- CBD, CBG, and CBC may help protect the brain.
- Cannabidiolic acid (CBDA), tetrahydrocannabinolic acid (THCA), and cannabidivarin (CBDV) may also be helpful for their anti-inflammatory and antioxidant properties.
- THC may be helpful for its analgesic and sedative properties.
- THC:CBD 1:20
- THC:CBD 1:3
- THC:CBD 1:2
- THC:CBD 1:1
- THC:CBD 2:1
Terpenes and Terpenoids
Effective Ways of Taking Medical Cannabis for Stroke/Traumatic Brain Injury
Routes of Administration
- Inhalation (especially for TBI patients)
A product rich in terpenes may be ideal. Some may prefer CBD-rich formulations, others THC-rich ones. Cannabinoids like CBD, CBG, and CBC may be useful for their ability to promote neurogenesis.
What are the Pros and Cons of Taking Medical Cannabis for Stroke/Traumatic Brain Injury?
- CBD could prevent infarction and cerebral infarction via the non-CB1 cannabinoid receptor mechanism.
- Phytocannabinoids may be neuroprotective and help prevent an overabundance of glutamate from forming.
- Some studies show an increase in the likelihood of stroke among cannabis users. Many of these dangers may be related to smoking cannabis, but this could hold regardless of the administration route, as THC can increase heart rate.
- High doses of THC may have adverse effects on short-term memory and balance.
Useful Anecdotal Information
- “Using Marijuana to Treat Traumatic Brain Injuries.” CBS Denver, Dec. 6, 2018
- “Former NFL player promotes CBD use for CTE, brain injuries in athletes.” First Coast News, Sep. 27 2019
Scientific Data Overview and Studies
- Total Studies = 56
- Positive Studies = 47
- Inconclusive Studies = 4
- Negative Studies = 5
- 22 Meta-Analyses (14 positive, 3 inconclusive, 5 negative); 30 Animal Studies (29 positive, 1 inconclusive); 2 Double-Blind Human Trials (both positive); 2 Lab Studies (both positive)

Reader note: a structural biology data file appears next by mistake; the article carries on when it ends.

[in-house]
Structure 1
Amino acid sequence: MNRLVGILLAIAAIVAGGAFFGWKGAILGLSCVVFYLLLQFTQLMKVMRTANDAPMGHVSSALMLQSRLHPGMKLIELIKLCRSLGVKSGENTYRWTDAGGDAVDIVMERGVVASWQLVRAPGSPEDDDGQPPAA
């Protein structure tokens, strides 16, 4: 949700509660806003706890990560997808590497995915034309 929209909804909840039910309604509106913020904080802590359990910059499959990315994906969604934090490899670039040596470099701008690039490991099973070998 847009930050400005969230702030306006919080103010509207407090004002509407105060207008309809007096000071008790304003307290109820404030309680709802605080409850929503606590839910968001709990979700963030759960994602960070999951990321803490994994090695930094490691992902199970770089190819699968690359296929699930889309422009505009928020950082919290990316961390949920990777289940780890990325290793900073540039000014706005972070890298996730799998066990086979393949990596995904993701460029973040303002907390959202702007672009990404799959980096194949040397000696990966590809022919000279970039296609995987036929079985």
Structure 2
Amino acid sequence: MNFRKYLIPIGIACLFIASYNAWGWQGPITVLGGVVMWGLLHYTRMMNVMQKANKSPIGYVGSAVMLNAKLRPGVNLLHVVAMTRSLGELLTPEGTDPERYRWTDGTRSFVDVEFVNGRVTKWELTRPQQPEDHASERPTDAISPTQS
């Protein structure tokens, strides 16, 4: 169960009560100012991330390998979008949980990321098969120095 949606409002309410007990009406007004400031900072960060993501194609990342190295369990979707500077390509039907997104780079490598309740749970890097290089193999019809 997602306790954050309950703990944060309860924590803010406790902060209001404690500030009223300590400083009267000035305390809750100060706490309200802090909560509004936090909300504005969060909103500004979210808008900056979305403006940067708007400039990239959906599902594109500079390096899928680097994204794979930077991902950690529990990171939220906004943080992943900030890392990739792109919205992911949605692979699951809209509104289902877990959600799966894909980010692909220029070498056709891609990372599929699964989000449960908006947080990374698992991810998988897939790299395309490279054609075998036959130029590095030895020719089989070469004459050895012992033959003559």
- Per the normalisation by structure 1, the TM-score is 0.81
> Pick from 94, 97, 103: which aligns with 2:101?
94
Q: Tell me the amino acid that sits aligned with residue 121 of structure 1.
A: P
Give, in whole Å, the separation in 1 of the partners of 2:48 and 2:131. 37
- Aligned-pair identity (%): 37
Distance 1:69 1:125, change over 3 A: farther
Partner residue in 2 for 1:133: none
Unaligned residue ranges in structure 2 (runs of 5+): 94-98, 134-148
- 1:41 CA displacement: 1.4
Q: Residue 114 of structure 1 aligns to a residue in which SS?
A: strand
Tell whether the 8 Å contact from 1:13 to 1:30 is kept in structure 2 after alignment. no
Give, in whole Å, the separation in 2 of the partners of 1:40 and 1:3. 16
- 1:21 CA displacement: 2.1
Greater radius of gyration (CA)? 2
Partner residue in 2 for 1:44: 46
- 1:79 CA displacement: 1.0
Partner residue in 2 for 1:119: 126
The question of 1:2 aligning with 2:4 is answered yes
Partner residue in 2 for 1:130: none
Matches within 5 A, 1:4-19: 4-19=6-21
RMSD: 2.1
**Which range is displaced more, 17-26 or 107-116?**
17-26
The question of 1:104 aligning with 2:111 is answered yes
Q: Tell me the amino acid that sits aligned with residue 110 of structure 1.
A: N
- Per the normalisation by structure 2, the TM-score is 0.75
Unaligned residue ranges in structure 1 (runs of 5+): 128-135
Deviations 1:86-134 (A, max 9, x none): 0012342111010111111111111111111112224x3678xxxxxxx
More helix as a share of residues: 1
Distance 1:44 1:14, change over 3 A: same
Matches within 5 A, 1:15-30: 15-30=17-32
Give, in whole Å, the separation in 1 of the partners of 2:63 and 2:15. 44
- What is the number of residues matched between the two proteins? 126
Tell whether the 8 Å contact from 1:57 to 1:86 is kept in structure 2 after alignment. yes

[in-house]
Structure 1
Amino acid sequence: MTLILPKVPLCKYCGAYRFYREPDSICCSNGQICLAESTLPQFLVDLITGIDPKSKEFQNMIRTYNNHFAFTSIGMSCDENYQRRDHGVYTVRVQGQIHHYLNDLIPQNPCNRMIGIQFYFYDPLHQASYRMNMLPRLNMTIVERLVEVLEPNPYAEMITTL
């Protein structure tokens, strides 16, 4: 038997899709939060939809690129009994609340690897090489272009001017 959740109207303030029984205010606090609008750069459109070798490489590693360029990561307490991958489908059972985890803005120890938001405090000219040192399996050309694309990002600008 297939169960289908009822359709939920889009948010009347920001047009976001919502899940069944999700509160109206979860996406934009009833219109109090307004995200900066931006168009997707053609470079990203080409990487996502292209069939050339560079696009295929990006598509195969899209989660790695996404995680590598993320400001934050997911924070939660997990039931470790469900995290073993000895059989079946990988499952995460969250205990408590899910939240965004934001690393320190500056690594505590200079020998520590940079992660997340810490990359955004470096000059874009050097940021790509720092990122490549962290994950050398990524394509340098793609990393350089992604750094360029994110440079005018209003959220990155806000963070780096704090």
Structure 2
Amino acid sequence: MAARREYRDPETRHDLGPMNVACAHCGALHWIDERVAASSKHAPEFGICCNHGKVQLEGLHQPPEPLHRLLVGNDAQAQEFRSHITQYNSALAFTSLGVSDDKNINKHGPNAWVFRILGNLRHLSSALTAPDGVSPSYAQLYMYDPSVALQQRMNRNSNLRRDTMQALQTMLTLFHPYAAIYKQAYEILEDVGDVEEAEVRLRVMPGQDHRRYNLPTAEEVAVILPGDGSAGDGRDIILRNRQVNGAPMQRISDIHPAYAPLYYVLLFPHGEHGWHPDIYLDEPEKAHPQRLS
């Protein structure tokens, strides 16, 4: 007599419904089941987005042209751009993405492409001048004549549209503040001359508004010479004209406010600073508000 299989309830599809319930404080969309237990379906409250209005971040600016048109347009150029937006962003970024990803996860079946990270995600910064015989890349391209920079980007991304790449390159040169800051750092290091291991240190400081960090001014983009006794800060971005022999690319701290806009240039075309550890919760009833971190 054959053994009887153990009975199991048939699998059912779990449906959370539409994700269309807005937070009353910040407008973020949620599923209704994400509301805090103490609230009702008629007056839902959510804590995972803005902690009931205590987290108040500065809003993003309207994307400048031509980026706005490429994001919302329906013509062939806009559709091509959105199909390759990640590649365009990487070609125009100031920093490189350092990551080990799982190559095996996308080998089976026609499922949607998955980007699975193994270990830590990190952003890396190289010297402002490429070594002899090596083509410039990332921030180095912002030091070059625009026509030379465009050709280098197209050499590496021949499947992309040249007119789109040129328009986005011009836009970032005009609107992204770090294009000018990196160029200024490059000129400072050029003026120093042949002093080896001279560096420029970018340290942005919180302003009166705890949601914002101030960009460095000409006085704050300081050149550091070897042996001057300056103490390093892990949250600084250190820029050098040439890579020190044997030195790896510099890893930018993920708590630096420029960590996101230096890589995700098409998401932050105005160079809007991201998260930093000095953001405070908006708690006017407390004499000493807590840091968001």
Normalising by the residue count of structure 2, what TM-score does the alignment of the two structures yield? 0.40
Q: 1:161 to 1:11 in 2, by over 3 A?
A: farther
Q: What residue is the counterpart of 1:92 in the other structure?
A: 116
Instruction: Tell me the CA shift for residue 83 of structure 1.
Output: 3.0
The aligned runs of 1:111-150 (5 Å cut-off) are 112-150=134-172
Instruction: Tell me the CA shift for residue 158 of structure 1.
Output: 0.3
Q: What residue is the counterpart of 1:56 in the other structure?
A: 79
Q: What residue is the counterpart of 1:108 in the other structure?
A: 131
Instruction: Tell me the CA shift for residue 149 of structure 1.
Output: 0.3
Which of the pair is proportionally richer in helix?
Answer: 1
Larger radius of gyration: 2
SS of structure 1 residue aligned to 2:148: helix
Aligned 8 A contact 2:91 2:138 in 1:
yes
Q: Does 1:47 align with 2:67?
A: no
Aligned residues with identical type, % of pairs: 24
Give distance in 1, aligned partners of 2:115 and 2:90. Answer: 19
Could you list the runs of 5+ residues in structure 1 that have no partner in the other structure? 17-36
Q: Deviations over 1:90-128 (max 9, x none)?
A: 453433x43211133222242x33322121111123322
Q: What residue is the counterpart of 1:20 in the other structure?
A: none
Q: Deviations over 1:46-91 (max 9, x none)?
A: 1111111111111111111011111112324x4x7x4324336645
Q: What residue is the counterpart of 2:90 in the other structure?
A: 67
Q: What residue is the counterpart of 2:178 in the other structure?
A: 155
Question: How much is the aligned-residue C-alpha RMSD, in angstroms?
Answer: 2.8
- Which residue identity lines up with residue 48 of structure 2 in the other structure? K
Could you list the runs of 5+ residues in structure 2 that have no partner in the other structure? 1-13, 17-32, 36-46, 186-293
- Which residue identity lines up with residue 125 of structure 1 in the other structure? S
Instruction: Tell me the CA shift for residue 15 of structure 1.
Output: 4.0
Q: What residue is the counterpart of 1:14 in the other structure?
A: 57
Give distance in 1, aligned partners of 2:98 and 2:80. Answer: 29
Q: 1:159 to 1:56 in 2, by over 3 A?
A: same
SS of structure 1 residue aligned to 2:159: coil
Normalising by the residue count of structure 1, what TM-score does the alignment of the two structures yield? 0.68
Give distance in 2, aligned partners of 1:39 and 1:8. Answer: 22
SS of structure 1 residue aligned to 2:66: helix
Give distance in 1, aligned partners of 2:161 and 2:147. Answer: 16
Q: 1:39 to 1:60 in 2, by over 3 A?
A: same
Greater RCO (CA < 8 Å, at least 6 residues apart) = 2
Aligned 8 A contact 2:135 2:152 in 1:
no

- 17 studies include CBD (all positive); 7 studies include THC (all positive)
- Possible Overall Efficacy: Moderate
TBI and CTE
- Total Studies = 24
- Positive Studies = 23
- Inconclusive Studies = 1
- Negative Studies = 0
- 12 Meta-Analyses (all positive); 10 Animal Studies (all positive); 1 Double-Blind Human Trials (inconclusive); 1 Lab Study (positive)
- 5 studies include CBD (all positive); 2 studies include THC (both positive)
- Possible Overall Efficacy: Moderate
Quotes from Studies
“Pre-clinical TBI research suggests that cannabinoids have neuroprotective and psychotherapeutic properties. In contrast, recreational cannabis use has consistently shown to have detrimental effects. Our review identified a paucity of high-quality studies examining the beneficial and adverse effects of medical cannabis on TBI, with only a single phase III randomized control trial. However, observational studies demonstrate that TBI patients are using medical and recreational cannabis to treat their symptoms, highlighting inconsistencies between public policy, perception of potential efficacy, and the dearth of empirical evidence.”
Source: Hergert DC, Robertson-Benta C, Sicard V, Schwotzer D, Hutchison K, Covey DP, Quinn DK, Sadek JR, McDonald J, Mayer AR. “Use of Medical Cannabis to Treat Traumatic Brain Injury“. J Neurotrauma. 2021 Jul 15;38(14):1904-1917. doi: 10.1089/neu.2020.7148. Epub 2021 Jan 25. PMID: 33256496; PMCID: PMC8260892.
“…[T]he endocannabinoid system possesses potential drugable receptor and enzyme targets for the treatment of diverse TBI pathology. Yet, full characterization of TBI-induced changes in endocannabinoid ligands, enzymes, and receptor populations will be important to understand that role this system plays in TBI pathology. Promising classes of compounds, such as the plant-derived phytocannabinoids, synthetic cannabinoids, and endocannabinoids, as well as their non-cannabinoid receptor targets, such as TRPV1 receptors, represent important areas of basic research and potential therapeutic interest to treat TBI.”
Source: Schurman LD, Lichtman AH. “Endocannabinoids: A Promising Impact for Traumatic Brain Injury“. Front Pharmacol. 2017;8:69. Published 2017 Feb 17. doi:10.3389/fphar.2017.00069
There is good preclinical and anecdotal evidence that medical cannabis could be helpful in the management of symptoms associated with both strokes and traumatic brain injuries. However, more clinical trials are needed.
Please note: the information in this article does not constitute medical advice.